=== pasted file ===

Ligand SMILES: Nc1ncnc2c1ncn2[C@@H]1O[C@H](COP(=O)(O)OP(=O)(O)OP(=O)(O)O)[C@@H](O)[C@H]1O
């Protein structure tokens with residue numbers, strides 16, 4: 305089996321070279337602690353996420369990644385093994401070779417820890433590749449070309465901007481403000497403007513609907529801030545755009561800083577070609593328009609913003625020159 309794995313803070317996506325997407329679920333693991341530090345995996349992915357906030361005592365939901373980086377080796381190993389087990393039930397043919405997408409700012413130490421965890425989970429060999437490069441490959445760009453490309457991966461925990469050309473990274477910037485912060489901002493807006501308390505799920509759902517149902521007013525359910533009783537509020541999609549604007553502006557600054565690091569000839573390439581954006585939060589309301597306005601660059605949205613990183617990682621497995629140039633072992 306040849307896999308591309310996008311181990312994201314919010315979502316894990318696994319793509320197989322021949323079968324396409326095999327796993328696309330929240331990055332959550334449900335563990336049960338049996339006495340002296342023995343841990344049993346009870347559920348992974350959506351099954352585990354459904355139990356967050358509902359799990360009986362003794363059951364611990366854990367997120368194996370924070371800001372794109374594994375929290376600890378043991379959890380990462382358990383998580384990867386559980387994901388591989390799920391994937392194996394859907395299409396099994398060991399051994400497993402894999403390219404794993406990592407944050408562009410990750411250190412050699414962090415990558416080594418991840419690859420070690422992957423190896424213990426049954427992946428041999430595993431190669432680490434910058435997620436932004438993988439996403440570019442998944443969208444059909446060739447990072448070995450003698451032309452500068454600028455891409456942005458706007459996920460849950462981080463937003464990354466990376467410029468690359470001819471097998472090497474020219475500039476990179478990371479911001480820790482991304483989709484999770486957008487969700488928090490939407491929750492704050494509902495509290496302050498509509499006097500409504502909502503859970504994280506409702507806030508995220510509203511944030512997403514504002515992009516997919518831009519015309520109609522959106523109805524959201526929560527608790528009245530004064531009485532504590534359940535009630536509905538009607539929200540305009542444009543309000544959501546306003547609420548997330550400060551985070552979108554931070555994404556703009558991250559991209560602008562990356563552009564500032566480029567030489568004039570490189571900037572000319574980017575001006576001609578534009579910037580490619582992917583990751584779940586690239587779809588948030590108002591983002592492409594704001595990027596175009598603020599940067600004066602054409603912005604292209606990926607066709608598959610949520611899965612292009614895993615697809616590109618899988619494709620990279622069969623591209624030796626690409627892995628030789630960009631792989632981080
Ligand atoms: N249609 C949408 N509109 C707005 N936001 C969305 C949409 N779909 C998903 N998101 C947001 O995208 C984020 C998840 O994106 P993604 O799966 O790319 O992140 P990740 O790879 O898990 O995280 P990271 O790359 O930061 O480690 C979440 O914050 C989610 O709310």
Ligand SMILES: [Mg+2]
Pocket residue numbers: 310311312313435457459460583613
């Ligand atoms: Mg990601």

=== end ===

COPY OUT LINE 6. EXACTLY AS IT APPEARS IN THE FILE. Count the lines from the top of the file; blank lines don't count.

């Ligand atoms: Mg990601």